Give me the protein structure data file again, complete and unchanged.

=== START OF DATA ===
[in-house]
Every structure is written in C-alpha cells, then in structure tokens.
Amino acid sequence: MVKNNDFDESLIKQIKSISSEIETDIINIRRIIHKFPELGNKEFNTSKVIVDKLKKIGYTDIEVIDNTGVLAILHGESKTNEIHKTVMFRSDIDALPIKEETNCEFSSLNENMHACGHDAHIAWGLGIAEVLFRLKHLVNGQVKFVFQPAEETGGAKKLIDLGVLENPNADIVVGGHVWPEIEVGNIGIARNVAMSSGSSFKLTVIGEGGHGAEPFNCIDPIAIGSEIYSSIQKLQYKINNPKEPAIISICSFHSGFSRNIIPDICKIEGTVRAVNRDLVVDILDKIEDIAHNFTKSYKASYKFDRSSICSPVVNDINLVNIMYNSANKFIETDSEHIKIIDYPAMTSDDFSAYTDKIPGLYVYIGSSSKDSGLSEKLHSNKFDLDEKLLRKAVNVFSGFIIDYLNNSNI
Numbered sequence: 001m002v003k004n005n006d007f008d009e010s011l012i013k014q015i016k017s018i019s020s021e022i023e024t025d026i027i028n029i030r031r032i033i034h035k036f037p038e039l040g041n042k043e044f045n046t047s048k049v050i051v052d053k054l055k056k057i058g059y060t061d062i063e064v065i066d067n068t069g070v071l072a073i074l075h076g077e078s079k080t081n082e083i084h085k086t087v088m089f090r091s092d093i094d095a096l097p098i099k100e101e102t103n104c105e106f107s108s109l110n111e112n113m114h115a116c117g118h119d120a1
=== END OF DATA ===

[in-house]
Every structure is written in C-alpha cells, then in structure tokens.
Amino acid sequence: MVKNNDFDESLIKQIKSISSEIETDIINIRRIIHKFPELGNKEFNTSKVIVDKLKKIGYTDIEVIDNTGVLAILHGESKTNEIHKTVMFRSDIDALPIKEETNCEFSSLNENMHACGHDAHIAWGLGIAEVLFRLKHLVNGQVKFVFQPAEETGGAKKLIDLGVLENPNADIVVGGHVWPEIEVGNIGIARNVAMSSGSSFKLTVIGEGGHGAEPFNCIDPIAIGSEIYSSIQKLQYKINNPKEPAIISICSFHSGFSRNIIPDICKIEGTVRAVNRDLVVDILDKIEDIAHNFTKSYKASYKFDRSSICSPVVNDINLVNIMYNSANKFIETDSEHIKIIDYPAMTSDDFSAYTDKIPGLYVYIGSSSKDSGLSEKLHSNKFDLDEKLLRKAVNVFSGFIIDYLNNSNI
Numbered sequence: 001m002v003k004n005n006d007f008d009e010s011l012i013k014q015i016k017s018i019s020s021e022i023e024t025d026i027i028n029i030r031r032i033i034h035k036f037p038e039l040g041n042k043e044f045n046t047s048k049v050i051v052d053k054l055k056k057i058g059y060t061d062i063e064v065i066d067n068t069g070v071l072a073i074l075h076g077e078s079k080t081n082e083i084h085k086t087v088m089f090r091s092d093i094d095a096l097p098i099k100e101e102t103n104c105e106f107s108s109l110n111e112n113m114h115a116c117g118h119d120a1